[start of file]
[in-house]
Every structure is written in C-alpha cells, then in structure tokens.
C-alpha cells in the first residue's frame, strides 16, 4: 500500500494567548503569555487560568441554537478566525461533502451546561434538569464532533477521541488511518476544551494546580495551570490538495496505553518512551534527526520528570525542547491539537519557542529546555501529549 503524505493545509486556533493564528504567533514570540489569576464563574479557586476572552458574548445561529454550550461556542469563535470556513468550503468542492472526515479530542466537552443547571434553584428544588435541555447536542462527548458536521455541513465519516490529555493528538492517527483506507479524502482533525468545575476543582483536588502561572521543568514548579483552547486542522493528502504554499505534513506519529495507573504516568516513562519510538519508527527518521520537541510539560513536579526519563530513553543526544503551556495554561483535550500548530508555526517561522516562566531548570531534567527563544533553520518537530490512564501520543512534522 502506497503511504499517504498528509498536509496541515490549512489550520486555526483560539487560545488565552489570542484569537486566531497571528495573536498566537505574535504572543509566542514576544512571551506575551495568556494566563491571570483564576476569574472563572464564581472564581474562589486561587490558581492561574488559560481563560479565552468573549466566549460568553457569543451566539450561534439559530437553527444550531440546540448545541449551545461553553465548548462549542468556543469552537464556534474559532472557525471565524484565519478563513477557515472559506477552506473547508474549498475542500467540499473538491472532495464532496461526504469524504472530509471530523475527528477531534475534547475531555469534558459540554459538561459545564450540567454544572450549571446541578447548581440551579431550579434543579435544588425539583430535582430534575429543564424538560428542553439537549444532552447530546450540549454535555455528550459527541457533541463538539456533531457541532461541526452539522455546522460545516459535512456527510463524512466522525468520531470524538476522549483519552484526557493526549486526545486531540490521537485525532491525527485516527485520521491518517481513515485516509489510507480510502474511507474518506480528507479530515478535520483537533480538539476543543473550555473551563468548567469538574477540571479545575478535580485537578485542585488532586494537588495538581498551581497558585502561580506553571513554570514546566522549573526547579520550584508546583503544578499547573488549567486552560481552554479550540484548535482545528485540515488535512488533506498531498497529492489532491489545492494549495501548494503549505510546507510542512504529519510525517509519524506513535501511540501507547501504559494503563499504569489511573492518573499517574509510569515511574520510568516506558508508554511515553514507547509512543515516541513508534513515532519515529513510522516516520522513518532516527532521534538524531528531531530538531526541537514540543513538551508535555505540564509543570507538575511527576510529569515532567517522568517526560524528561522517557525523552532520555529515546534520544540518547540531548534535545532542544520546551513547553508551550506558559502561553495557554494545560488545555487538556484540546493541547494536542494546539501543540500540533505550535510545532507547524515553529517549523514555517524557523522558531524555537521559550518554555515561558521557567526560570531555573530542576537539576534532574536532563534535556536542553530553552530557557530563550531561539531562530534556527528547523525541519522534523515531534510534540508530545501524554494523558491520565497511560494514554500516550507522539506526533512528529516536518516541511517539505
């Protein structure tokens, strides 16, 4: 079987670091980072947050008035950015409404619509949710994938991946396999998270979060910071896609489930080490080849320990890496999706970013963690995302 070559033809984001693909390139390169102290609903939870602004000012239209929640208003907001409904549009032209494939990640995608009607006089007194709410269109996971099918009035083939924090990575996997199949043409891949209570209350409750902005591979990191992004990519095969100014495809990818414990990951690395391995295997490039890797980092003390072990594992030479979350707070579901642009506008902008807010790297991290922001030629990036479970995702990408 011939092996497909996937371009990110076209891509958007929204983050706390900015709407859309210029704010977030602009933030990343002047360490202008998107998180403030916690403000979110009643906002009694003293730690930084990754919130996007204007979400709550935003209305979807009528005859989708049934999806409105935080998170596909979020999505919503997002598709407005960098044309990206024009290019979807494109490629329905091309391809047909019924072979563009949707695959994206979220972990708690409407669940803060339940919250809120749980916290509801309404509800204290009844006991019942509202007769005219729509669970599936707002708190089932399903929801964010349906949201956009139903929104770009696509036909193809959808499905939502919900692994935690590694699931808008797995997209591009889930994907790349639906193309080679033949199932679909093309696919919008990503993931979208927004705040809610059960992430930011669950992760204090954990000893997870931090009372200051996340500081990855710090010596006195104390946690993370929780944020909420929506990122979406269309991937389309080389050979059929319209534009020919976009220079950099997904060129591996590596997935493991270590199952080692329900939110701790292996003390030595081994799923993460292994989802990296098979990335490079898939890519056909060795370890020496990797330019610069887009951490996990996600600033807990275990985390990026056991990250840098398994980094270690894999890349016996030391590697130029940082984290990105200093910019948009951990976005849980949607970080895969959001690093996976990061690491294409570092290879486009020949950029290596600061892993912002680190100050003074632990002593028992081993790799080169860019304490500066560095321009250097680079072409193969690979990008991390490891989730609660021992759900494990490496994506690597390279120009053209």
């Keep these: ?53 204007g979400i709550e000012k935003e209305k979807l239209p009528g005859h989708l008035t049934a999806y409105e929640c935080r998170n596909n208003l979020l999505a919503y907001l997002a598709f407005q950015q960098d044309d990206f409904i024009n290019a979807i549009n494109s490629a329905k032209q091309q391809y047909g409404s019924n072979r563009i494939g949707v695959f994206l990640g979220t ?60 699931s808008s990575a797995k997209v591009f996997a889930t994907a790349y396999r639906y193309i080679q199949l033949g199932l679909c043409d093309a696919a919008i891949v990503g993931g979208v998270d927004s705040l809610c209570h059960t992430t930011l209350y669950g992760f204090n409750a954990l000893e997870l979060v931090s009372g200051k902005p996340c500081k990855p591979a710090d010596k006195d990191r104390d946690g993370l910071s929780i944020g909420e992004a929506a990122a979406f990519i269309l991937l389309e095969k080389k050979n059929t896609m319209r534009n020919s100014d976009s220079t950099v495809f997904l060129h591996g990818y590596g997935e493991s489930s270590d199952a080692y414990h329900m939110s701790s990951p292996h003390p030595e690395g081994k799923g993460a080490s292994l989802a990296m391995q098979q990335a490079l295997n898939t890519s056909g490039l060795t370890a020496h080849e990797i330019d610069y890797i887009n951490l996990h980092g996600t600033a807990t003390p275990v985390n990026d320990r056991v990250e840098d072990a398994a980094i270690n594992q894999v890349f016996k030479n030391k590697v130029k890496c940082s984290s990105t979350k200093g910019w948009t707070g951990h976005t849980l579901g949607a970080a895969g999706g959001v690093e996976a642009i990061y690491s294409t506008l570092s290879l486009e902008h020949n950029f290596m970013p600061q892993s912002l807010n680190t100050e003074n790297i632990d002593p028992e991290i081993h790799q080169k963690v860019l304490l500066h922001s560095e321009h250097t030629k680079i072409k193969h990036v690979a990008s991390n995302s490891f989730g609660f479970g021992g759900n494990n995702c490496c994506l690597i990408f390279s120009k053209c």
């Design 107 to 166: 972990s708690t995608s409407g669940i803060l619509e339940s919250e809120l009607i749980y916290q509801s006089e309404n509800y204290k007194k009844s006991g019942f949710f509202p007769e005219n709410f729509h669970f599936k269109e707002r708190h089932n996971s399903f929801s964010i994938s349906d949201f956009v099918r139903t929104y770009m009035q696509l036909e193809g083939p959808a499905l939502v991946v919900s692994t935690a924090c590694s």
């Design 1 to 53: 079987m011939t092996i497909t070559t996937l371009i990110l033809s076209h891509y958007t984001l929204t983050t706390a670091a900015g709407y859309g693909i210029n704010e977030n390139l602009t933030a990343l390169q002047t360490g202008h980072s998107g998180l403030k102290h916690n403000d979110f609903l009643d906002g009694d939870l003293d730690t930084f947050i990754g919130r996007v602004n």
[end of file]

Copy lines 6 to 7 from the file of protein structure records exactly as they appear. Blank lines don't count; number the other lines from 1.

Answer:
């Design 107 to 166: 972990s708690t995608s409407g669940i803060l619509e339940s919250e809120l009607i749980y916290q509801s006089e309404n509800y204290k007194k009844s006991g019942f949710f509202p007769e005219n709410f729509h669970f599936k269109e707002r708190h089932n996971s399903f929801s964010i994938s349906d949201f956009v099918r139903t929104y770009m009035q696509l036909e193809g083939p959808a499905l939502v991946v919900s692994t935690a924090c590694s």
């Design 1 to 53: 079987m011939t092996i497909t070559t996937l371009i990110l033809s076209h891509y958007t984001l929204t983050t706390a670091a900015g709407y859309g693909i210029n704010e977030n390139l602009t933030a990343l390169q002047t360490g202008h980072s998107g998180l403030k102290h916690n403000d979110f609903l009643d906002g009694d939870l003293d730690t930084f947050i990754g919130r996007v602004n």